Many years ago, my family often went to a French restaurant. We got there one night without a reservation, figuring if they had a table, we would eat, and if not, no biggie, we would go somewhere else or eat at home.
We got to the reception desk, and the owner was there.
He knew we didn’t have a reservation but said it was fine because they had plenty of room. Then, a split second later, the owner’s wife came up to him and stated in French, “We are full. Who does she think she is?” I looked at the two of them in horror with my mouth agape and said, “It really isn’t a big deal. We can go somewhere else.”
Well, surprise, surprise, we were seated, and “on the house” food started showing up. Apparently, I didn’t “look” like I spoke French. The surprise was on the restaurant owners.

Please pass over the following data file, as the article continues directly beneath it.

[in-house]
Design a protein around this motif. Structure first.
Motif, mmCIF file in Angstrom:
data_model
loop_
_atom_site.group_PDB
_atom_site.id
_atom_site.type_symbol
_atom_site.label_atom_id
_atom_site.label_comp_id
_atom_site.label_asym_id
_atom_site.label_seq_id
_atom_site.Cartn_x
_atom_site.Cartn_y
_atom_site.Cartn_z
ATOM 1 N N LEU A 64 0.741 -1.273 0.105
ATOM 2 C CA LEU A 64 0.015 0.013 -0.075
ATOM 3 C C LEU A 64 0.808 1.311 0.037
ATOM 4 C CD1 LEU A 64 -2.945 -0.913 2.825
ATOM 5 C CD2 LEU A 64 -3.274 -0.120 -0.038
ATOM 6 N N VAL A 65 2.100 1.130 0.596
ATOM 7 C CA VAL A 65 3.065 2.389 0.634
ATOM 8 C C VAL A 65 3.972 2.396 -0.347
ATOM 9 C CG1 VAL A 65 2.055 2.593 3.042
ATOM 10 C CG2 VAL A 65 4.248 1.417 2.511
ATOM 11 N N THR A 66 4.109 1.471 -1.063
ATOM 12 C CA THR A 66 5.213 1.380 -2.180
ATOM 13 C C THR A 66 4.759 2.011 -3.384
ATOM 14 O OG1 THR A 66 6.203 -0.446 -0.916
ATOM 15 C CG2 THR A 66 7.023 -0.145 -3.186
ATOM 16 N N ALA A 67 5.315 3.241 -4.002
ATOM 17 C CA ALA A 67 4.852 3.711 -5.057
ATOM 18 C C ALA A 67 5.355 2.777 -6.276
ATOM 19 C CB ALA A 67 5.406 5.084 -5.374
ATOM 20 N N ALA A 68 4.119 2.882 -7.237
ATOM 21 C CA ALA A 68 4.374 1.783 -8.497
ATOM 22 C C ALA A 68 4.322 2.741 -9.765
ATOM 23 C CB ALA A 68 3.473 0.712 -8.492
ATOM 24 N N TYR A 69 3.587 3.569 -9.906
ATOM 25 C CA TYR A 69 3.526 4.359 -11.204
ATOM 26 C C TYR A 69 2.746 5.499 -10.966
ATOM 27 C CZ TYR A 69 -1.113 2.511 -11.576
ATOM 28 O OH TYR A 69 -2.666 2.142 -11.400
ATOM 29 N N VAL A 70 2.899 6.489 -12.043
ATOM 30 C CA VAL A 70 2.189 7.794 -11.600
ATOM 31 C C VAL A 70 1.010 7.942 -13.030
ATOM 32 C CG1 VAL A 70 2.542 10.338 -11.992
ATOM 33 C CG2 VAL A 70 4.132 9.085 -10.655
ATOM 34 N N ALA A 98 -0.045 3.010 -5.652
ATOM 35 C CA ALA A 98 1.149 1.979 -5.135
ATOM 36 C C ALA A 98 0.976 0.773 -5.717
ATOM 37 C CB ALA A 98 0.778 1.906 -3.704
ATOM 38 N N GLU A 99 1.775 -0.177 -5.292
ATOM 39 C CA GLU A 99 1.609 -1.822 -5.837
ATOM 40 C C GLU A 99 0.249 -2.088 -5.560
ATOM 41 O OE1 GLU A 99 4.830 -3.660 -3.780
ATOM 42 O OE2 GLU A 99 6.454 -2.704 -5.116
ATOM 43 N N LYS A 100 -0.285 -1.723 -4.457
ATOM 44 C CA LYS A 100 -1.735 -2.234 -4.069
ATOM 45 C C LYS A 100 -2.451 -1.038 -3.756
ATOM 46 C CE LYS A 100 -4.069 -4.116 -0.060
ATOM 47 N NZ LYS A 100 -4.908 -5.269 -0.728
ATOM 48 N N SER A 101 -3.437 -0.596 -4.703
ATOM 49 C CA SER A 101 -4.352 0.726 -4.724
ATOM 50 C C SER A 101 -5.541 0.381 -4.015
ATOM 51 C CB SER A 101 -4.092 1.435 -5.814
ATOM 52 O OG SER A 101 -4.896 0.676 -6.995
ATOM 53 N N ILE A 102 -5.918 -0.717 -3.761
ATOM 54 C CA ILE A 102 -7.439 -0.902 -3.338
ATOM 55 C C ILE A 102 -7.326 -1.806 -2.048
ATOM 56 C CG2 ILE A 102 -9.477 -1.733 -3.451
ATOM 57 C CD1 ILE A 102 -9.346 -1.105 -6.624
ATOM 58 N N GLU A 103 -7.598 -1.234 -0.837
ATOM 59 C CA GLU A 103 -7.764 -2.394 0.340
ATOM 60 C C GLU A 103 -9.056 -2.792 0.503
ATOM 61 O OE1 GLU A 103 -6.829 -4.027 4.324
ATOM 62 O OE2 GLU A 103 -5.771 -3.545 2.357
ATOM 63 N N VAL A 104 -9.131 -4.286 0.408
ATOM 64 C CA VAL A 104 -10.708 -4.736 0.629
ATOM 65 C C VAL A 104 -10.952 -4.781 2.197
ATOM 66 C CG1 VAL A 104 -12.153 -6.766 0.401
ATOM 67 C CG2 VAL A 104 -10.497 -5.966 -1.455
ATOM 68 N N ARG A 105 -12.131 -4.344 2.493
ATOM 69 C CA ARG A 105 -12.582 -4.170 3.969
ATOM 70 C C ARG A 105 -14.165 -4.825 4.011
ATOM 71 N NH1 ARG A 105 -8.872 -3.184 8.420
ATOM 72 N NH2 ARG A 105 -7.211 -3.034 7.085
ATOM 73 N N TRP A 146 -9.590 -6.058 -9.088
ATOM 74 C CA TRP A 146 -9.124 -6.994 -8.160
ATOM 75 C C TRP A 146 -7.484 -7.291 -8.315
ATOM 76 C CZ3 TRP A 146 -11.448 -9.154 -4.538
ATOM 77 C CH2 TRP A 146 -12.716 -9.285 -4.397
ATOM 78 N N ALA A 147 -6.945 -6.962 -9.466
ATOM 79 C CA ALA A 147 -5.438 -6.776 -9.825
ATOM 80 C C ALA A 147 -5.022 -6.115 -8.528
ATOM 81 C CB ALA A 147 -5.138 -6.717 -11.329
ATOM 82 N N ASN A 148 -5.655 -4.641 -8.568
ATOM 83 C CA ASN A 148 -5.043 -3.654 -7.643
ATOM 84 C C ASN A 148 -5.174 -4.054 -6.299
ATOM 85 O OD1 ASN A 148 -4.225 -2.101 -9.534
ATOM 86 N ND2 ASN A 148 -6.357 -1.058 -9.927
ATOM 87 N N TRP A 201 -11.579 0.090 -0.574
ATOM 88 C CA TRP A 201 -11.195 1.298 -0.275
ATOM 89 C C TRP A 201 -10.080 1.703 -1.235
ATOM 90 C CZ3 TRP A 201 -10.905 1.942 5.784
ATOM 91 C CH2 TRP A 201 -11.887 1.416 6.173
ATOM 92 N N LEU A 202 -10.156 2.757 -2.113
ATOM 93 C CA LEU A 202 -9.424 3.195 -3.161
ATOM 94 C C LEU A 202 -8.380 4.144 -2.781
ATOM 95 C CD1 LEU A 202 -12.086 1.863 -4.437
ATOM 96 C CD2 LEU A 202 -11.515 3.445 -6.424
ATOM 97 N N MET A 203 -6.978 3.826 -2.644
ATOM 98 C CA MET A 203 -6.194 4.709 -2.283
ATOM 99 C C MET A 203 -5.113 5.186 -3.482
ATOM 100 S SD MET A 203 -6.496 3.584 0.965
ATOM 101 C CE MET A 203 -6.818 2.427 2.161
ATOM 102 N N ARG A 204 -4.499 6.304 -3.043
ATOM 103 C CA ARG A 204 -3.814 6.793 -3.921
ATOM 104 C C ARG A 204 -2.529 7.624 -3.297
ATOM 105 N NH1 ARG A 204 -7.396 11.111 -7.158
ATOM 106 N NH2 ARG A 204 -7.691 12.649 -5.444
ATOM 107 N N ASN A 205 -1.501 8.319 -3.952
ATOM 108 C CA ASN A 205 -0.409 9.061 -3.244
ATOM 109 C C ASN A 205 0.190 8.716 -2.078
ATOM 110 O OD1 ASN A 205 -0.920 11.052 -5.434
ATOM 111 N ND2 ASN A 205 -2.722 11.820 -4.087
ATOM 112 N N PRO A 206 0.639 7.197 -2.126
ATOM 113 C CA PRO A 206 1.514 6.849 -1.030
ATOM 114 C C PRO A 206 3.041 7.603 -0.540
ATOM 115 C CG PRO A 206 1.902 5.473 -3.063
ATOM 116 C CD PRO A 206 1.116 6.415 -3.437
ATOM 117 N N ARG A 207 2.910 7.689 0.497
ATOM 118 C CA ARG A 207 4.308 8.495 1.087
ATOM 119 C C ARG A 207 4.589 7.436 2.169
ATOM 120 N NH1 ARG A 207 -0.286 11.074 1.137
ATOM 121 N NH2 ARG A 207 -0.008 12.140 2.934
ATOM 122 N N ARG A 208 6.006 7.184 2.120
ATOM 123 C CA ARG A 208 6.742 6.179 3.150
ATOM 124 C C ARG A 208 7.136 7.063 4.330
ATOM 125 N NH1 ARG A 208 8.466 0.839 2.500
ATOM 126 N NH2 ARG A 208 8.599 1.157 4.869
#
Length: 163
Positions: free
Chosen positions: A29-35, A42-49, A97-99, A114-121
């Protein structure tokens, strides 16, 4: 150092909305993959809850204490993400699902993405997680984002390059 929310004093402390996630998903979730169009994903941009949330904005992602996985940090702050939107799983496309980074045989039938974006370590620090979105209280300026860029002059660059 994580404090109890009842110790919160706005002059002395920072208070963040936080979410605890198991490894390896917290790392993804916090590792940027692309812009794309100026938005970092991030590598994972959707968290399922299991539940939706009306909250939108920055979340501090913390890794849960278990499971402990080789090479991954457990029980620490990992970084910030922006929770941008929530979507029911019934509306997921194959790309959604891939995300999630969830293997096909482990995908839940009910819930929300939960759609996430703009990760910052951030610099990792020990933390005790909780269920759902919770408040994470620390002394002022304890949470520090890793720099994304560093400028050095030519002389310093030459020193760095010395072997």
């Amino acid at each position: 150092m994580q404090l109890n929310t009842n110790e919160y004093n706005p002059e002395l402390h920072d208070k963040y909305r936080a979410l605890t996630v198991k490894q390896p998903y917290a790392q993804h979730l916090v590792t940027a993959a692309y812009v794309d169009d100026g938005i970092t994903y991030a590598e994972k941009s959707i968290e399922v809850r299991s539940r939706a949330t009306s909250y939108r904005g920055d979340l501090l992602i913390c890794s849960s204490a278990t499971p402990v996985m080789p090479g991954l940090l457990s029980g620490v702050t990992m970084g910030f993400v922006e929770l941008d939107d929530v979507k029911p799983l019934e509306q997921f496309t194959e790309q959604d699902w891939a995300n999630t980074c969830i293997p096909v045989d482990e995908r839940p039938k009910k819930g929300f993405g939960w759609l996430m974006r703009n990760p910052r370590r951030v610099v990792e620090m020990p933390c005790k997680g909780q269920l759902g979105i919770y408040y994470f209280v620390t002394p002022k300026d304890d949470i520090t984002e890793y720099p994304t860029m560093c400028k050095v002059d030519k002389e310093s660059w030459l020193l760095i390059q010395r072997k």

How often do we judge people based on what we see, but we don’t always know what is behind the surface?
Harvard actually did a study about ‘whitening of resumes’ and determined that the odds of an applicant receiving a call back increased when the resumes were stripped of any reference that might give away their race.
Do your employment practices ensure that books aren’t being judged by their covers? If not, contact us for help.